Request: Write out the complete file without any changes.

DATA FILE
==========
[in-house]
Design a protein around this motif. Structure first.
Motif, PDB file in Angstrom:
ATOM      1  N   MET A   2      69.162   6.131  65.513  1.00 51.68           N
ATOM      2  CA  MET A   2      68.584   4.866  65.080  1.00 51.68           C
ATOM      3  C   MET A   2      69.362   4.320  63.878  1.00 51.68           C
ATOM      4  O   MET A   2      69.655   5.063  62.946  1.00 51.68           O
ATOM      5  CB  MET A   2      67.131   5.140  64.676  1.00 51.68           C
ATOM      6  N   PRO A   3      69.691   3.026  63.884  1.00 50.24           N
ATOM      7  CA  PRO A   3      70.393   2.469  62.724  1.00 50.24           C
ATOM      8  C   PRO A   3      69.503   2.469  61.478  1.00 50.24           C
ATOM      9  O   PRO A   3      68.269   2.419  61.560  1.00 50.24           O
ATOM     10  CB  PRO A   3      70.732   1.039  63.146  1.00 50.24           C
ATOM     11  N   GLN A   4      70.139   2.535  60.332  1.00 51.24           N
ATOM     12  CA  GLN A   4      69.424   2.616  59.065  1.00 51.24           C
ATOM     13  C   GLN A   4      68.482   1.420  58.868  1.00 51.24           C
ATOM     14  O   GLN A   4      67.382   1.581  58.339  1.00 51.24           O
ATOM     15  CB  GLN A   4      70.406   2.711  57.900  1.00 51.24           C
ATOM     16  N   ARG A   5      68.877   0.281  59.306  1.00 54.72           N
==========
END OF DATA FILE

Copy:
[in-house]
Design a protein around this motif. Structure first.
Motif, PDB file in Angstrom:
ATOM      1  N   MET A   2      69.162   6.131  65.513  1.00 51.68           N
ATOM      2  CA  MET A   2      68.584   4.866  65.080  1.00 51.68           C
ATOM      3  C   MET A   2      69.362   4.320  63.878  1.00 51.68           C
ATOM      4  O   MET A   2      69.655   5.063  62.946  1.00 51.68           O
ATOM      5  CB  MET A   2      67.131   5.140  64.676  1.00 51.68           C
ATOM      6  N   PRO A   3      69.691   3.026  63.884  1.00 50.24           N
ATOM      7  CA  PRO A   3      70.393   2.469  62.724  1.00 50.24           C
ATOM      8  C   PRO A   3      69.503   2.469  61.478  1.00 50.24           C
ATOM      9  O   PRO A   3      68.269   2.419  61.560  1.00 50.24           O
ATOM     10  CB  PRO A   3      70.732   1.039  63.146  1.00 50.24           C
ATOM     11  N   GLN A   4      70.139   2.535  60.332  1.00 51.24           N
ATOM     12  CA  GLN A   4      69.424   2.616  59.065  1.00 51.24           C
ATOM     13  C   GLN A   4      68.482   1.420  58.868  1.00 51.24           C
ATOM     14  O   GLN A   4      67.382   1.581  58.339  1.00 51.24           O
ATOM     15  CB  GLN A   4      70.406   2.711  57.900  1.00 51.24           C
ATOM     16  N   ARG A   5      68.877   0.281  59.306  1.00 54.72           N